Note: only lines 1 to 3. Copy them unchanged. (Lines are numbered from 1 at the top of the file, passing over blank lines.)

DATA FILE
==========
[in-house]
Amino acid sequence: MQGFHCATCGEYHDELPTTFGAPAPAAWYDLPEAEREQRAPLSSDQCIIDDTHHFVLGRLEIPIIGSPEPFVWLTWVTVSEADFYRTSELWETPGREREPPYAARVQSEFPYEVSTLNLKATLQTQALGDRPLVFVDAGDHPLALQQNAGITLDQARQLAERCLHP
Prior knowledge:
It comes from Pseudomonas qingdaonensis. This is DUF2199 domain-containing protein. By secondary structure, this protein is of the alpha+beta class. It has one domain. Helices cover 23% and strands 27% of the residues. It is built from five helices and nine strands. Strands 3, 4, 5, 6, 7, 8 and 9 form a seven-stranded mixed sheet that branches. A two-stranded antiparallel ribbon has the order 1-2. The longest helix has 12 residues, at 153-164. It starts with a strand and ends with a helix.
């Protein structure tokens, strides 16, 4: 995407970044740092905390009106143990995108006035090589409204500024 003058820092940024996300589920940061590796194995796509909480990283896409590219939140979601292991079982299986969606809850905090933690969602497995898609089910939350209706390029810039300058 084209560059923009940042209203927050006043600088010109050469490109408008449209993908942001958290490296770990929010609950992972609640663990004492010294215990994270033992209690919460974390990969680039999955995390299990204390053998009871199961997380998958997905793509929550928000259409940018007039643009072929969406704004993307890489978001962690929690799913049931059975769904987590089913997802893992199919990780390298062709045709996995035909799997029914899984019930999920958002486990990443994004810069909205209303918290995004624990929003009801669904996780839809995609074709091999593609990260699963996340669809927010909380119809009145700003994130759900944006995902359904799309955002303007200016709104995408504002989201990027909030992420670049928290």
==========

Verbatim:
[in-house]
Amino acid sequence: MQGFHCATCGEYHDELPTTFGAPAPAAWYDLPEAEREQRAPLSSDQCIIDDTHHFVLGRLEIPIIGSPEPFVWLTWVTVSEADFYRTSELWETPGREREPPYAARVQSEFPYEVSTLNLKATLQTQALGDRPLVFVDAGDHPLALQQNAGITLDQARQLAERCLHP
Prior knowledge: